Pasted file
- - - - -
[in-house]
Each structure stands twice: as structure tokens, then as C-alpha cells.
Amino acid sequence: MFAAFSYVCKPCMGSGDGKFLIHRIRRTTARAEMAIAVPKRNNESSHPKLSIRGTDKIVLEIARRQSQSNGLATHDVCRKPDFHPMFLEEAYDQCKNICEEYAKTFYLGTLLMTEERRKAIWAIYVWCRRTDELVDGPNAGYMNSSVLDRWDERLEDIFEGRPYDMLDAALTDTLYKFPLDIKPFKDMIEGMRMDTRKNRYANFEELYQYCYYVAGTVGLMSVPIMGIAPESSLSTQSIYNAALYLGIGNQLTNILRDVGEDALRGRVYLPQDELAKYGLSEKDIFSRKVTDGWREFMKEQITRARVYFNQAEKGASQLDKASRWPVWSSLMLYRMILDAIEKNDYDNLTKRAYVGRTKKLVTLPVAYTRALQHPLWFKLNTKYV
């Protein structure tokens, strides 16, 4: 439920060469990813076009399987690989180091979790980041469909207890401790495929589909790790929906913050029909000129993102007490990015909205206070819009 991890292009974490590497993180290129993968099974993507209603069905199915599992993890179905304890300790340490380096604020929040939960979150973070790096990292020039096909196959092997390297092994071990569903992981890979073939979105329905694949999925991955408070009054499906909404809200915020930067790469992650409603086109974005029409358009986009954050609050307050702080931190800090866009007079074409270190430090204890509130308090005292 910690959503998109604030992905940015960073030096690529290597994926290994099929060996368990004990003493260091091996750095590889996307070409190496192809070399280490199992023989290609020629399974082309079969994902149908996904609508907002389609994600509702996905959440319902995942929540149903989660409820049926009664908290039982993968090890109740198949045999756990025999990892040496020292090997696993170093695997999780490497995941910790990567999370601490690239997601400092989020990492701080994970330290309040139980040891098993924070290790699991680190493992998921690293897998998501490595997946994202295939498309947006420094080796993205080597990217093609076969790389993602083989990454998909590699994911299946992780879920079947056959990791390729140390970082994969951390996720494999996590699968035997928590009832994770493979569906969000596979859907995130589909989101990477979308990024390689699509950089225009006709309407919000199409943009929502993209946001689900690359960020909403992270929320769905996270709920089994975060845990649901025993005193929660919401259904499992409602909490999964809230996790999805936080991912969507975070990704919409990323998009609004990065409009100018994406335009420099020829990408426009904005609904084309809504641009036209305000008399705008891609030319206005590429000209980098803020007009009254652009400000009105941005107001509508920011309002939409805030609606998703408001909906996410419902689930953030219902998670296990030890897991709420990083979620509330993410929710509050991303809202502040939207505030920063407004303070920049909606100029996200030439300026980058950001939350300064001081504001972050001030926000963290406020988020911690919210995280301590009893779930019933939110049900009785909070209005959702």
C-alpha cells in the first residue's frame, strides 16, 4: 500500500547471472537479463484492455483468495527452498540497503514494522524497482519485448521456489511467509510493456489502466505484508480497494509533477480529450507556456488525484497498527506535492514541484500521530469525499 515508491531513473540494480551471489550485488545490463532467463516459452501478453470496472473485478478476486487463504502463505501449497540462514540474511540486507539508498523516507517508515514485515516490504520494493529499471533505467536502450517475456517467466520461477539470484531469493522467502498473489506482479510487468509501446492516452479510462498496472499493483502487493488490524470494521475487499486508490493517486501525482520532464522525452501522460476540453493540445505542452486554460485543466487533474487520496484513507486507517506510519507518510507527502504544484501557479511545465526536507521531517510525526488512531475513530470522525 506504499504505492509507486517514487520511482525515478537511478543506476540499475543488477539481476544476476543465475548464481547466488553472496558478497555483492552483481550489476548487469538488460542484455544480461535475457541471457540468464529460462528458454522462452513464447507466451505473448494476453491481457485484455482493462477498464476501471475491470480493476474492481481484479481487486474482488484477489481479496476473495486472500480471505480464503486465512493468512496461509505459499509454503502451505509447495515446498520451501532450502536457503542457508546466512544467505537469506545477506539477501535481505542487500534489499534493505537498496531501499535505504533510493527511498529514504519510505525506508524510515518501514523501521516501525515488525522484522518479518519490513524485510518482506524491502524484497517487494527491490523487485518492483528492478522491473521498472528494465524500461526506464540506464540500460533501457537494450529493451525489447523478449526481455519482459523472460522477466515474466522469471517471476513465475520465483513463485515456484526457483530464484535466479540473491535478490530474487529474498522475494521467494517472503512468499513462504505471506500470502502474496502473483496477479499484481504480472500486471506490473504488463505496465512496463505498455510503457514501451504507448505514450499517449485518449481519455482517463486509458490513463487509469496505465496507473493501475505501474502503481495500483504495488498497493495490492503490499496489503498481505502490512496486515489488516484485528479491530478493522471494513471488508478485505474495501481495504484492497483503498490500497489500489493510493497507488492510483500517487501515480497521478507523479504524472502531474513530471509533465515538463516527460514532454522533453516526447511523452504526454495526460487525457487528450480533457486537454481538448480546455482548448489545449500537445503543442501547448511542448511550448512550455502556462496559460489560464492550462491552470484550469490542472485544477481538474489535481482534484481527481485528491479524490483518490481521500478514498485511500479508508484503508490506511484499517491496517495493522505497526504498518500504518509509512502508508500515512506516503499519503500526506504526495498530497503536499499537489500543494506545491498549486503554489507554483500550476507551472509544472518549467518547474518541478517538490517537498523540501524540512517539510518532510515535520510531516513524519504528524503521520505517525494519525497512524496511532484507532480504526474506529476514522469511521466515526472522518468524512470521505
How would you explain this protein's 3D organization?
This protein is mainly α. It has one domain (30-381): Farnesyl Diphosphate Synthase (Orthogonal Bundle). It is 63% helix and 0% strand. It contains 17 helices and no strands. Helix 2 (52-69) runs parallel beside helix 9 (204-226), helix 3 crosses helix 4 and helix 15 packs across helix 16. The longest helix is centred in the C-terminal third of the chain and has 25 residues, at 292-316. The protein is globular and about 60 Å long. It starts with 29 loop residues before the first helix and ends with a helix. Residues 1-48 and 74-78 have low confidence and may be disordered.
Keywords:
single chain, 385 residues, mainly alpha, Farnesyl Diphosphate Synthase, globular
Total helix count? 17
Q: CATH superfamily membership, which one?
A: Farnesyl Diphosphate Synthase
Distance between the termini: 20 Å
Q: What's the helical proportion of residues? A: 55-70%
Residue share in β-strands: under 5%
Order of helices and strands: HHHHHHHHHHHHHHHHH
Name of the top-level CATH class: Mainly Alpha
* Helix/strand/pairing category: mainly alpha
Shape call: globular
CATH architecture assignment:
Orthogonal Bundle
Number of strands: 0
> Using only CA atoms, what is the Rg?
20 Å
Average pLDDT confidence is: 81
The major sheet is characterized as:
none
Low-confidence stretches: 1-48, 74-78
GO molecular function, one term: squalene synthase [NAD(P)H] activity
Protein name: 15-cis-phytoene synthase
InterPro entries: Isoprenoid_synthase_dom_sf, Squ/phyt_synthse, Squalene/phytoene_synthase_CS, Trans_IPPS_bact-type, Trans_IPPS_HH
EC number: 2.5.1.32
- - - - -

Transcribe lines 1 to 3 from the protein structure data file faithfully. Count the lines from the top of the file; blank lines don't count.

[in-house]
Each structure stands twice: as structure tokens, then as C-alpha cells.
Amino acid sequence: MFAAFSYVCKPCMGSGDGKFLIHRIRRTTARAEMAIAVPKRNNESSHPKLSIRGTDKIVLEIARRQSQSNGLATHDVCRKPDFHPMFLEEAYDQCKNICEEYAKTFYLGTLLMTEERRKAIWAIYVWCRRTDELVDGPNAGYMNSSVLDRWDERLEDIFEGRPYDMLDAALTDTLYKFPLDIKPFKDMIEGMRMDTRKNRYANFEELYQYCYYVAGTVGLMSVPIMGIAPESSLSTQSIYNAALYLGIGNQLTNILRDVGEDALRGRVYLPQDELAKYGLSEKDIFSRKVTDGWREFMKEQITRARVYFNQAEKGASQLDKASRWPVWSSLMLYRMILDAIEKNDYDNLTKRAYVGRTKKLVTLPVAYTRALQHPLWFKLNTKYV